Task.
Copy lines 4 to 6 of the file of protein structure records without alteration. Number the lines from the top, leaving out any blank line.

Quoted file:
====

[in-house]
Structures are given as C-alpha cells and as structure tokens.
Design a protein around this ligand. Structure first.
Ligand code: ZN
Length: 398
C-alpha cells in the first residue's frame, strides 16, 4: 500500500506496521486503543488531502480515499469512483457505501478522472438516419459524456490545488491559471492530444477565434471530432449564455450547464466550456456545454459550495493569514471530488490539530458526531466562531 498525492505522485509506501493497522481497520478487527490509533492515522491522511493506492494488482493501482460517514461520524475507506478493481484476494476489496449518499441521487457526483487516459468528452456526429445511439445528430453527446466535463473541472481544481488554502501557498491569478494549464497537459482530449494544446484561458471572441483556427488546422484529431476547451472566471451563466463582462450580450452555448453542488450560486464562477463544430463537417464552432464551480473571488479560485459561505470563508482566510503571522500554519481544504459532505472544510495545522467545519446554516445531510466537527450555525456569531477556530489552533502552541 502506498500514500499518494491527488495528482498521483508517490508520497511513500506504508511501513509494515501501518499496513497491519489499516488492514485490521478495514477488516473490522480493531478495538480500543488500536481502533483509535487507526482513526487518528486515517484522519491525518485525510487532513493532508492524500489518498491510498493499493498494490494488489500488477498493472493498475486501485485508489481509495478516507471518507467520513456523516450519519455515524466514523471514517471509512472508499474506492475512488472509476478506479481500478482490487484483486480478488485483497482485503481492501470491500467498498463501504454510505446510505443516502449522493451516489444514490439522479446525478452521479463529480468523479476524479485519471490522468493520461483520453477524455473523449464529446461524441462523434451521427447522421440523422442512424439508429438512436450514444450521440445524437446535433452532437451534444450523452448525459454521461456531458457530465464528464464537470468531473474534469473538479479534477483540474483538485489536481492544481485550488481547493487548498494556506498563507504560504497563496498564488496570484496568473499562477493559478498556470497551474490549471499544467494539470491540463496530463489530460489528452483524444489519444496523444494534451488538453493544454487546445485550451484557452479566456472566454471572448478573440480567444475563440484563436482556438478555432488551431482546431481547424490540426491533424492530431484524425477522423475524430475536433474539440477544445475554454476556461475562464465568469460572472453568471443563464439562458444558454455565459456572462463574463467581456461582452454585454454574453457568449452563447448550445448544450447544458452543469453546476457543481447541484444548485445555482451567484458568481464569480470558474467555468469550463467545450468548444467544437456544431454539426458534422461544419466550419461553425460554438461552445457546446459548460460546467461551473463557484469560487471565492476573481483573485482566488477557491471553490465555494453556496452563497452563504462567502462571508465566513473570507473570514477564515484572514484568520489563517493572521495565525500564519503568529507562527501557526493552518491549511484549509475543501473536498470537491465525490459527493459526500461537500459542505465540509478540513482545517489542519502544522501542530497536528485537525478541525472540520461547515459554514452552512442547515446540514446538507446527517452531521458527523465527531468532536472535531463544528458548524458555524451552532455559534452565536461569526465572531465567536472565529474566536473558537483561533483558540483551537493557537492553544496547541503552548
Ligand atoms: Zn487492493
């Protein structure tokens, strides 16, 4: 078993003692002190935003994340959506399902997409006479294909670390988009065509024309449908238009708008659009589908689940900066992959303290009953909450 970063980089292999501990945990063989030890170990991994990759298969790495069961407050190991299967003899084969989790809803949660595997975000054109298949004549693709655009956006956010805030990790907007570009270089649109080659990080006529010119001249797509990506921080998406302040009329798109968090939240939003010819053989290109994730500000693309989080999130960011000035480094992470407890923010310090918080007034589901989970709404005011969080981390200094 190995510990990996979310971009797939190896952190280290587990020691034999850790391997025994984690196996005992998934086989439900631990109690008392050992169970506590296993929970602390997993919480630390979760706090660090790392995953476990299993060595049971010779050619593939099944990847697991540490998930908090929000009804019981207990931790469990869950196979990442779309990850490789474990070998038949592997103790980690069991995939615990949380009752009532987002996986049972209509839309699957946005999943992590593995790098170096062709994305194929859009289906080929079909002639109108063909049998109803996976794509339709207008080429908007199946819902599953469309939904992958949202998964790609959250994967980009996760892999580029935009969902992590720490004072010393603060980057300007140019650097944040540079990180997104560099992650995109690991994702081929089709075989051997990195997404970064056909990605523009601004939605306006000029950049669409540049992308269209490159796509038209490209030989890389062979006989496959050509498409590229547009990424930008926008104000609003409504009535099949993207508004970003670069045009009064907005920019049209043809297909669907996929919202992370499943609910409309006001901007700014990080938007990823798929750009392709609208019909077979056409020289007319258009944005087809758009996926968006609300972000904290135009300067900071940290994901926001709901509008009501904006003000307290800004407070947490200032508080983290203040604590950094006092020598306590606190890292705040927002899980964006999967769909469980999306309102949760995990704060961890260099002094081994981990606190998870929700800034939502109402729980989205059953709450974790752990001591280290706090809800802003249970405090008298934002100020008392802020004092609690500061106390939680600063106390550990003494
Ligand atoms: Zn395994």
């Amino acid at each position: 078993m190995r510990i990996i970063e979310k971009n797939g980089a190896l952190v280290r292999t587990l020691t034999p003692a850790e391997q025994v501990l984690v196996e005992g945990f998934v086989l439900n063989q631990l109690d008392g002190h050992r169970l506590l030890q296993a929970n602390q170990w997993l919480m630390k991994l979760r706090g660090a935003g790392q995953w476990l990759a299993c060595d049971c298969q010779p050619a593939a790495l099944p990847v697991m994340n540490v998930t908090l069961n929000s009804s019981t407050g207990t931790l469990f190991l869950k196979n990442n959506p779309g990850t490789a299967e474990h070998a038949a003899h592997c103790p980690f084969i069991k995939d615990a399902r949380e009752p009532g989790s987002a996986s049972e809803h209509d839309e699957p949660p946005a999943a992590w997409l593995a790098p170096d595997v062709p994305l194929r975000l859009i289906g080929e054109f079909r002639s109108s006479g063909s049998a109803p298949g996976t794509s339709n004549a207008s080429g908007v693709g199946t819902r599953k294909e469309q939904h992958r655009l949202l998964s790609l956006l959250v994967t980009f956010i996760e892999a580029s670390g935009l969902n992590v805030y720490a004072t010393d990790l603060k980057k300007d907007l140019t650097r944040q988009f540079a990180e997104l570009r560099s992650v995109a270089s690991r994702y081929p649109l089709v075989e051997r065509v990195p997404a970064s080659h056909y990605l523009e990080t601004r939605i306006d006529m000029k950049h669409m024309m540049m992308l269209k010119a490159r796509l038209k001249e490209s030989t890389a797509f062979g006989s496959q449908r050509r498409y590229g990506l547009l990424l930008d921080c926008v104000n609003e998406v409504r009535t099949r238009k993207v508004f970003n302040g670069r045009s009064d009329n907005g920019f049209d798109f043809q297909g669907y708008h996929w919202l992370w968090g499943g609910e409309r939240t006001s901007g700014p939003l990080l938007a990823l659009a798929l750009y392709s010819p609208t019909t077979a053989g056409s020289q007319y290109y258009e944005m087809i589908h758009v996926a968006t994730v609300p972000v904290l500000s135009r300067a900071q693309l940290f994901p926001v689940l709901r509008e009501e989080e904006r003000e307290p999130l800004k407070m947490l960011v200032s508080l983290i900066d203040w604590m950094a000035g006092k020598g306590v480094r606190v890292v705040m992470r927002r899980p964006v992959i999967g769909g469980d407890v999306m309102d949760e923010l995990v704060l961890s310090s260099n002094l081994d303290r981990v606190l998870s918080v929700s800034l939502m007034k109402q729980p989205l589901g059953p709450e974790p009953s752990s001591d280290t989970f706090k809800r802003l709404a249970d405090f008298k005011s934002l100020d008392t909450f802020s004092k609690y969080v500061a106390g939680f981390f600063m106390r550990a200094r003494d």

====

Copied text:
Ligand code: ZN
Length: 398
C-alpha cells in the first residue's frame, strides 16, 4: 500500500506496521486503543488531502480515499469512483457505501478522472438516419459524456490545488491559471492530444477565434471530432449564455450547464466550456456545454459550495493569514471530488490539530458526531466562531 498525492505522485509506501493497522481497520478487527490509533492515522491522511493506492494488482493501482460517514461520524475507506478493481484476494476489496449518499441521487457526483487516459468528452456526429445511439445528430453527446466535463473541472481544481488554502501557498491569478494549464497537459482530449494544446484561458471572441483556427488546422484529431476547451472566471451563466463582462450580450452555448453542488450560486464562477463544430463537417464552432464551480473571488479560485459561505470563508482566510503571522500554519481544504459532505472544510495545522467545519446554516445531510466537527450555525456569531477556530489552533502552541 502506498500514500499518494491527488495528482498521483508517490508520497511513500506504508511501513509494515501501518499496513497491519489499516488492514485490521478495514477488516473490522480493531478495538480500543488500536481502533483509535487507526482513526487518528486515517484522519491525518485525510487532513493532508492524500489518498491510498493499493498494490494488489500488477498493472493498475486501485485508489481509495478516507471518507467520513456523516450519519455515524466514523471514517471509512472508499474506492475512488472509476478506479481500478482490487484483486480478488485483497482485503481492501470491500467498498463501504454510505446510505443516502449522493451516489444514490439522479446525478452521479463529480468523479476524479485519471490522468493520461483520453477524455473523449464529446461524441462523434451521427447522421440523422442512424439508429438512436450514444450521440445524437446535433452532437451534444450523452448525459454521461456531458457530465464528464464537470468531473474534469473538479479534477483540474483538485489536481492544481485550488481547493487548498494556506498563507504560504497563496498564488496570484496568473499562477493559478498556470497551474490549471499544467494539470491540463496530463489530460489528452483524444489519444496523444494534451488538453493544454487546445485550451484557452479566456472566454471572448478573440480567444475563440484563436482556438478555432488551431482546431481547424490540426491533424492530431484524425477522423475524430475536433474539440477544445475554454476556461475562464465568469460572472453568471443563464439562458444558454455565459456572462463574463467581456461582452454585454454574453457568449452563447448550445448544450447544458452543469453546476457543481447541484444548485445555482451567484458568481464569480470558474467555468469550463467545450468548444467544437456544431454539426458534422461544419466550419461553425460554438461552445457546446459548460460546467461551473463557484469560487471565492476573481483573485482566488477557491471553490465555494453556496452563497452563504462567502462571508465566513473570507473570514477564515484572514484568520489563517493572521495565525500564519503568529507562527501557526493552518491549511484549509475543501473536498470537491465525490459527493459526500461537500459542505465540509478540513482545517489542519502544522501542530497536528485537525478541525472540520461547515459554514452552512442547515446540514446538507446527517452531521458527523465527531468532536472535531463544528458548524458555524451552532455559534452565536461569526465572531465567536472565529474566536473558537483561533483558540483551537493557537492553544496547541503552548